Donald Lambro

WASHINGTON -- Even economists who agree with Barack Obama that we need another stimulus are questioning his exuberant predictions that his spending plan will produce or save 3.7 million jobs.

That number was contained in the upwardly revised job-creation figures that economic advisers Jared Bernstein and Christina Romer came out with this week in an effort to boost congressional support for Obama's costly stimulus package amid growing skepticism that it will work.

But buried in the news accounts of the new, hard-to-believe estimates -- or ignored altogether -- was a caveat that Bernstein and Romer slipped into their memo to the president-elect: "It should be noted that all of the estimates presented in this memo are subject to significant margins of error," the two advisers wrote.

They also warned that there's a limit to how much money the federal and state bureaucracies can effectively dish out to public-works projects in the two-year time frame that Obama has set to have a significant impact on the recession.

His advisers have justifiable reasons to be leery of their own numbers. Other economists, even those who believe another stimulus is needed, are questioning Obama's huge job numbers and the availability of shovel-ready projects that can begin putting people back to work.

"There's not enough shovel-ready (projects), so to speak. I'm skeptical of how you're going to do that in a two-year period," UCLA Anderson Forecast senior economist David Shulman told the Washington Post.

At the same time, budget analysts are beginning to voice similar doubts about the economic viability of dumping more than $500 billion into public-works projects and the long-term harm a looming $2 trillion deficit could do to the credibility of the dollar, the bond market and our financial system.

Even moderate fiscal watchdogs who see the need for some additional stimulus now question whether Obama and the Democrats are using the recession as a ruse to unleash the big-spending plans that eight years of Republican rule have prevented them from making.

"When we are talking about an $800 billion package on top of a $1.2 trillion deficit, it is necessary to draw a distinction between what constitutes stimulus and what is business-as-usual government largess," said Maya MacGuineas, the fiscal-savvy president of the Committee for a Responsible Federal Budget, in a statement last week.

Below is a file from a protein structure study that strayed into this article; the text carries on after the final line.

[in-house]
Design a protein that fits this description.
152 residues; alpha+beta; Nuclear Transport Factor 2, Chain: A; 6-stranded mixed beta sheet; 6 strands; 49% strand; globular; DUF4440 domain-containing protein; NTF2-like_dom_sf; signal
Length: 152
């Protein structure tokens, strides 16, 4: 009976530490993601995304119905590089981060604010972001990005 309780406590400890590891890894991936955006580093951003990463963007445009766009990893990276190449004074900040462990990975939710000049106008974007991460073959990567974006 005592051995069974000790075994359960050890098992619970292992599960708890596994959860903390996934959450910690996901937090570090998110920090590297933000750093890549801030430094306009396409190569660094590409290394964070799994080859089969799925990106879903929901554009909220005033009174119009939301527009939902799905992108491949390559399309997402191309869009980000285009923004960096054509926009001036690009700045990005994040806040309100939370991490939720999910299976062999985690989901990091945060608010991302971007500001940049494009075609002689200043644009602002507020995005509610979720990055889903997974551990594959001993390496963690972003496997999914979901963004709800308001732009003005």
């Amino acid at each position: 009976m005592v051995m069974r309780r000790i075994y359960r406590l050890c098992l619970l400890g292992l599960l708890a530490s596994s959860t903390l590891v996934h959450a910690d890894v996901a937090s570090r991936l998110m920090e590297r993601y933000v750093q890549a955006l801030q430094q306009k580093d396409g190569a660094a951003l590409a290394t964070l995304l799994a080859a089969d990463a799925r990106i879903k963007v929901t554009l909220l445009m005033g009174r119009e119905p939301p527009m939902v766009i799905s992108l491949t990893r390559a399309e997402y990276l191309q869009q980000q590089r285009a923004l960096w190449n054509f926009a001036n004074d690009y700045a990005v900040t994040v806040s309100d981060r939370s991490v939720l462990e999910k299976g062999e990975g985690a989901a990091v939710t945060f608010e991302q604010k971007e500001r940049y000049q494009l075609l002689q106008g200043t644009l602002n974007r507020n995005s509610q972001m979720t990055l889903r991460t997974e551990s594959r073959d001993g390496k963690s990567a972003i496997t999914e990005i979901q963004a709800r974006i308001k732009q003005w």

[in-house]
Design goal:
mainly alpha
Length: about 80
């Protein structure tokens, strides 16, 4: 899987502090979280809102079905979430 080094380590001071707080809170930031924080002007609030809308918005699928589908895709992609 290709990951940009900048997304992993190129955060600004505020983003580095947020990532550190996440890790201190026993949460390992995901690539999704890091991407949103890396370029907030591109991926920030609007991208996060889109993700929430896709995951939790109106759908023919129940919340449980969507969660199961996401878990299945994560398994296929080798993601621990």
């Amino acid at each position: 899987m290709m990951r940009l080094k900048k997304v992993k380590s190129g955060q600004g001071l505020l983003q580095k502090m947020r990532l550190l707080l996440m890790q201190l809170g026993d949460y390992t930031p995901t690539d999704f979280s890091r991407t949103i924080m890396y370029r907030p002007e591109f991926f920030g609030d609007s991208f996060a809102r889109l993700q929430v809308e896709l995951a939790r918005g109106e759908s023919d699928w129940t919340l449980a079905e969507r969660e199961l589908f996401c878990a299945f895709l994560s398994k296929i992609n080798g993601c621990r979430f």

"If we think about massive deficit spending as medicine for a sick economy, we also need to recognize that too much medicine can ultimately kill the patient," MacGuineas said.

"Almost all economists agree that we need stimulus, but overlooked is the fact that almost all economists also agree that the country's long-term finances are completely unsustainable. We have to tell the world how we plan to pay for this," she said.

Indeed, the threat of monster deficits stemming from Obama's FDR-style experimentation with large amounts of borrowed money is beginning to sow growing doubts about the size and cost of his proposal and the risks it poses to America's fiscal stability.

"We have to be careful that we don't do things which aggravate significantly in the out years this country's fiscal strength," said New Hampshire Sen. Judd Gregg, the Budget Committee's ranking Republican, in a major Senate speech last week that warned lawmakers to proceed with caution.

"And what is very critical is that, as we address trying to get the economy going by using a stimulus package, we've got to be very careful that we put in place programmatic activity that doesn't add to the long-term debt of the nation," Gregg said.

But the Democratic-run Congress, at Obama's urging, is getting set to spend another $350 billion to bail out businesses and mortgage holders who bought big, expensive homes they couldn't afford. Then it will follow that up with an $800 billion spending bill to pay for Obama's Spend Our Way Out of This Recession plan.

That will add $1.15 trillion to this year's projected $1.2 trillion deficit in the space of a month, and they're only getting started. Democrats have a long line of other social-welfare spending bills stacked up in the Capitol that they are itching to pass in the coming months that President Obama, presumably, will sign.

Do the math. The January-February spending spree alone will push the deficit to about $2.35 trillion. The federal government this year will rake in about $2.3 trillion in tax revenues. Obama's government will be spending way beyond its means.

Then throw in the fiscal tsunami that is fast approaching when 77 million baby boomers will soon begin showing up at the Social Security offices around the country demanding their Medicare and retirement checks.

"We're talking about $60 trillion coming at us. That's debt coming at us, and that doesn't count the debt we're putting on the books today to deal with this economic slowdown," Gregg told his colleagues.

George Bush's numbers and GM's bleak financial conditions will look like the epitome of probity and frugality by comparison.

That raises this frightening fiscal question posed by Maya MacGuineas: When will too much medicine kill the patient?


Donald Lambro

Donald Lambro is chief political correspondent for The Washington Times.